‘It sets a precedent’: Medvedev hits out at Wimbledon ban

Daniil Medvedev has not given up hope of playing at Wimbledon next month after questioning the legality of the All England Club’s unfair position.

The world No. 2 broke his silence on the toxic row surrounding the club’s from entering the tournament over the invasion of Ukraine.

Speaking about his ban ahead of his return to action following a hernia operation that has sidelined him for the past six weeks, Medvedev said in comments reported by Russia’s state-affiliated news agency TASS: On the one hand, I can understand it and, on the other, I find it unfair.

This is a delicate situation because it sets a precedent and puts other sports competitions in an uncomfortable position. Where is the line? What are the rules that should lead to a possible exclusion? For having discussed it with the ATP, we are, us tennis players, considered in terms of law as independent workers.

But currently in the United Kingdom, self-employed Russians have the right to work. So, if I have the opportunity to play at Wimbledon, I would be delighted. If not, I would accept it.

Expressing hope of an about-turn by the All England Club during a media conference ahead of this week’s Geneva Open, Medvedev said: I don’t know if this decision is 100 per cent and it’s over. If I can play, I’m going to be happy to play in Wimbledon. I love this tournament. If I cannot play, well, I’m going to try to play other tournaments and prepare well for next year if I have the chance to play.

The general feeling in the locker room has been sympathetic to Medvedev. Last week, the ATP player council – which includes two of the sport’s biggest names in Roger Federer and Rafael Nadal – recommended that rankings points should be stripped from Wimbledon, Queen’s and Eastbourne in retribution for the British ban.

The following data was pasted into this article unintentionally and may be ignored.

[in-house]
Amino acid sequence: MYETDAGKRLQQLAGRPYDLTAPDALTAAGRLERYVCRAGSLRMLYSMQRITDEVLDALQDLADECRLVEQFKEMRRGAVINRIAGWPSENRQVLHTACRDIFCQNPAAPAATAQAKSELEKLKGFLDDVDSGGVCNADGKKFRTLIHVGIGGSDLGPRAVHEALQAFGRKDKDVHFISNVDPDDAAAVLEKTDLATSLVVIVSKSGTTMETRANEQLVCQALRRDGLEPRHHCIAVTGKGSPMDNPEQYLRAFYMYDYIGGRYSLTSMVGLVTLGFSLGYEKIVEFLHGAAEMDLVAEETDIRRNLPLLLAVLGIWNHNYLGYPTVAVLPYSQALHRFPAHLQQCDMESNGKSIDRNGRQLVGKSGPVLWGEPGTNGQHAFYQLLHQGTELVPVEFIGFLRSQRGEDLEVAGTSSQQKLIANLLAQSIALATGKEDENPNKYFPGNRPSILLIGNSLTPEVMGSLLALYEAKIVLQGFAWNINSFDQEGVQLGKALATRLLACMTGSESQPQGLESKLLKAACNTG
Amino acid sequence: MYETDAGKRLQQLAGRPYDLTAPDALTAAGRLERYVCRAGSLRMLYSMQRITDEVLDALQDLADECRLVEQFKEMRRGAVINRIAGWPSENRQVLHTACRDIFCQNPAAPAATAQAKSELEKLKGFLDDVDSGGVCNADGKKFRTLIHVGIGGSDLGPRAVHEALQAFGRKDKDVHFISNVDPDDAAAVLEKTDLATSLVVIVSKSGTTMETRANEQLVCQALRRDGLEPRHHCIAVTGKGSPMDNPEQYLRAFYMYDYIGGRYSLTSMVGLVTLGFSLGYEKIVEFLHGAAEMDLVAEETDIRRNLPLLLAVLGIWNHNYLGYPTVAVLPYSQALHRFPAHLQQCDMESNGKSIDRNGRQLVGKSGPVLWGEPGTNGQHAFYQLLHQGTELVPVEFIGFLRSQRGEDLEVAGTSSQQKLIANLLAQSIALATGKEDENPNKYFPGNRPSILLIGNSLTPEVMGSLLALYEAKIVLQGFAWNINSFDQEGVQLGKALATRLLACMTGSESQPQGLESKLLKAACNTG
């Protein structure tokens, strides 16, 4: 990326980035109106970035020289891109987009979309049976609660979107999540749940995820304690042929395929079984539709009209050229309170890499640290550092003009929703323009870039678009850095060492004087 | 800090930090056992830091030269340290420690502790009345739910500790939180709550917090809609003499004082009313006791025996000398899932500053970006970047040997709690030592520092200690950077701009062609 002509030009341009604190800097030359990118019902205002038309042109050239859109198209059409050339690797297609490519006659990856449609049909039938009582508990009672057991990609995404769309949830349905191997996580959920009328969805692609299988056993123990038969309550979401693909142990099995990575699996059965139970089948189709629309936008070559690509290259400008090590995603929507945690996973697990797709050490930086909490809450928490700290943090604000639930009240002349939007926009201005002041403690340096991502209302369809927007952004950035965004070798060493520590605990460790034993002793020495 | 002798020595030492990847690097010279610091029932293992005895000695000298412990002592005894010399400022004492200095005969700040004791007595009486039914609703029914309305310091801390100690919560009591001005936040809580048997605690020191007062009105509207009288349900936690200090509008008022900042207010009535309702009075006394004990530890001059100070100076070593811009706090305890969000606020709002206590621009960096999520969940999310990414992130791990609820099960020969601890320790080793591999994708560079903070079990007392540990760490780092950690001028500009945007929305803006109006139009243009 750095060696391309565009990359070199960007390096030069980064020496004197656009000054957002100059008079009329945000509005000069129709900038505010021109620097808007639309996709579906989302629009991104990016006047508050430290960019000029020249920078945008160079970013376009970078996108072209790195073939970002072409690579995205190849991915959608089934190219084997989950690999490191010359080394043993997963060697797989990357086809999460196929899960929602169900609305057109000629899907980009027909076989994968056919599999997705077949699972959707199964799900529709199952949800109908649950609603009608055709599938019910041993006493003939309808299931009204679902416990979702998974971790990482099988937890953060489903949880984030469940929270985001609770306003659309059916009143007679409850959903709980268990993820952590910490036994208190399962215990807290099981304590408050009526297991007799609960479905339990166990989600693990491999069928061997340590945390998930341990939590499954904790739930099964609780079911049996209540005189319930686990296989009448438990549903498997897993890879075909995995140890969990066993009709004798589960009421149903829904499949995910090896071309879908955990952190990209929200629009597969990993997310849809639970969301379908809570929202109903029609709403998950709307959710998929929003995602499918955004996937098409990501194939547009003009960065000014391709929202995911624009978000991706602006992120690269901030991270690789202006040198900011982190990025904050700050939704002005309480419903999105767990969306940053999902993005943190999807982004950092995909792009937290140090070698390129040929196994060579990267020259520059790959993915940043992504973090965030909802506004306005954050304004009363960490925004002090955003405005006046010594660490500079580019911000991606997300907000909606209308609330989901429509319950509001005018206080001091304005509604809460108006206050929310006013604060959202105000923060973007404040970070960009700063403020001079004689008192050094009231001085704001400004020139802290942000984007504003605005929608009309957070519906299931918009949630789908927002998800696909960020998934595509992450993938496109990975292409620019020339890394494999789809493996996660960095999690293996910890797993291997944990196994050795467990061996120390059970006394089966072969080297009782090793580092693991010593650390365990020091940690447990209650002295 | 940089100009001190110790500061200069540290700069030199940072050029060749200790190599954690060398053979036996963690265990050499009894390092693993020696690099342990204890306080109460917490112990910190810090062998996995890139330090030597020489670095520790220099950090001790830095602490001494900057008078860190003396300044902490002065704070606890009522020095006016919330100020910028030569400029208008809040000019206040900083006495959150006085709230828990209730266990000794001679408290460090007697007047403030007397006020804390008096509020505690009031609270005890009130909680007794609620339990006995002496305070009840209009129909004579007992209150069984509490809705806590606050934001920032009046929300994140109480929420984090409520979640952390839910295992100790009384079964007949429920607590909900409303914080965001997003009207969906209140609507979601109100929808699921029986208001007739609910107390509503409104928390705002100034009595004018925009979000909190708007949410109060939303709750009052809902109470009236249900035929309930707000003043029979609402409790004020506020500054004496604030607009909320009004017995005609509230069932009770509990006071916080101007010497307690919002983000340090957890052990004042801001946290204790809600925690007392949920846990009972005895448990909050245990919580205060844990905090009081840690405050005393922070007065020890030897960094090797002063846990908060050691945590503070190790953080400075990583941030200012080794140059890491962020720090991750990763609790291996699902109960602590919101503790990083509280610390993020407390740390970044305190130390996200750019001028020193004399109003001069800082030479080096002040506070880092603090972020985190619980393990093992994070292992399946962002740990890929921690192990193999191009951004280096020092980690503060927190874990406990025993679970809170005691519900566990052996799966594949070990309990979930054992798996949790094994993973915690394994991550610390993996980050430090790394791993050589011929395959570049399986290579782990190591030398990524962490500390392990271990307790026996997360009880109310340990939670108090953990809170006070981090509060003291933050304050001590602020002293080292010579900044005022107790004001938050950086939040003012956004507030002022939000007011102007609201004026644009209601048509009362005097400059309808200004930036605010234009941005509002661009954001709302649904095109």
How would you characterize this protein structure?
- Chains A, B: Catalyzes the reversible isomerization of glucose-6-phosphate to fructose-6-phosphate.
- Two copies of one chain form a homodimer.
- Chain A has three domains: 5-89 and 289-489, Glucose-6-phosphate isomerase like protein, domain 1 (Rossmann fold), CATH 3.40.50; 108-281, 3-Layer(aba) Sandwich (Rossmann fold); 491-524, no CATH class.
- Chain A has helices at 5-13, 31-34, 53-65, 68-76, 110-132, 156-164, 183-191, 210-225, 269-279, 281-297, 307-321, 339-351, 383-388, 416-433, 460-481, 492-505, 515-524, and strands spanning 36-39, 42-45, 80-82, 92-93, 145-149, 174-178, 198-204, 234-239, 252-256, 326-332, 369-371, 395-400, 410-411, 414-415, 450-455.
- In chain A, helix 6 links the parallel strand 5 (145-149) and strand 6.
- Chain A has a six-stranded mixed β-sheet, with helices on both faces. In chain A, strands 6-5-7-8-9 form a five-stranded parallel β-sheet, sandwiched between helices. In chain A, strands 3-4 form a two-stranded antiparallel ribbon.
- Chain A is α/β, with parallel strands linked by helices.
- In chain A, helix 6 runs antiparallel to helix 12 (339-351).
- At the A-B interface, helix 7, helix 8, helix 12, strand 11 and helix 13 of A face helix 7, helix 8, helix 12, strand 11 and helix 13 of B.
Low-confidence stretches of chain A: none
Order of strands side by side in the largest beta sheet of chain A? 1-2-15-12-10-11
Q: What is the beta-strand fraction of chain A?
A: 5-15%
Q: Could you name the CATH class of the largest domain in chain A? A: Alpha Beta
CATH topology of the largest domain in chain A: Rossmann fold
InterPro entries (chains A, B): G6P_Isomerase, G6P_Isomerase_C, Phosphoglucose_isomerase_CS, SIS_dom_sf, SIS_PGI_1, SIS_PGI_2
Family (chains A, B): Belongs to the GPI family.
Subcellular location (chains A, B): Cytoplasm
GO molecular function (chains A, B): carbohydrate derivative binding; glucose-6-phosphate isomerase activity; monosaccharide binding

But the players’ advice seems unlikely to be acted upon. The ATP released a statement yesterday in which it criticised the ban without applying strong sanctions.

This season’s ATP Tour events in Queen’s and Eastbourne will proceed as normal, offering full ATP rankings points, said the statement, before adding that the decision to ban Russian and Belarusian athletes is however contrary to ATP rules and undermines the ability for players of any nationality to enter tournaments based on merit, and without discrimination – a fundamental principle of the ATP Tour.

A fine will almost certainly be levied on the LTA for breaching the tour’s rules, although the size of the penalty has yet to be decided. It is also theoretically possible that Wimbledon’s rankings points could yet be removed. The ATP’s response to the All England Club is not expected until later this week.

Speaking on Monday, Tim Henman – the former world No. 4 who is also an All England Club committee member – said that the tours would be shooting themselves in the foot if they removed or reduced the rankings points on offer at Wimbledon.

I mean, it’s difficult then for the other 95 per cent [who aren’t Russian or Belarusian], isn’t it? he said.

Asked how serious such a scenario would be for Wimbledon, Henman replied: I don’t think it’s the worst thing in the world. Don’t get me wrong, I’d much prefer if those points were there. But given the given the stature of the event, and the history, and everything that goes with it, and obviously the amount of prizemoney on offer, it’s not going to detract from the players giving 100 per cent to try and win.

Telegraph, London

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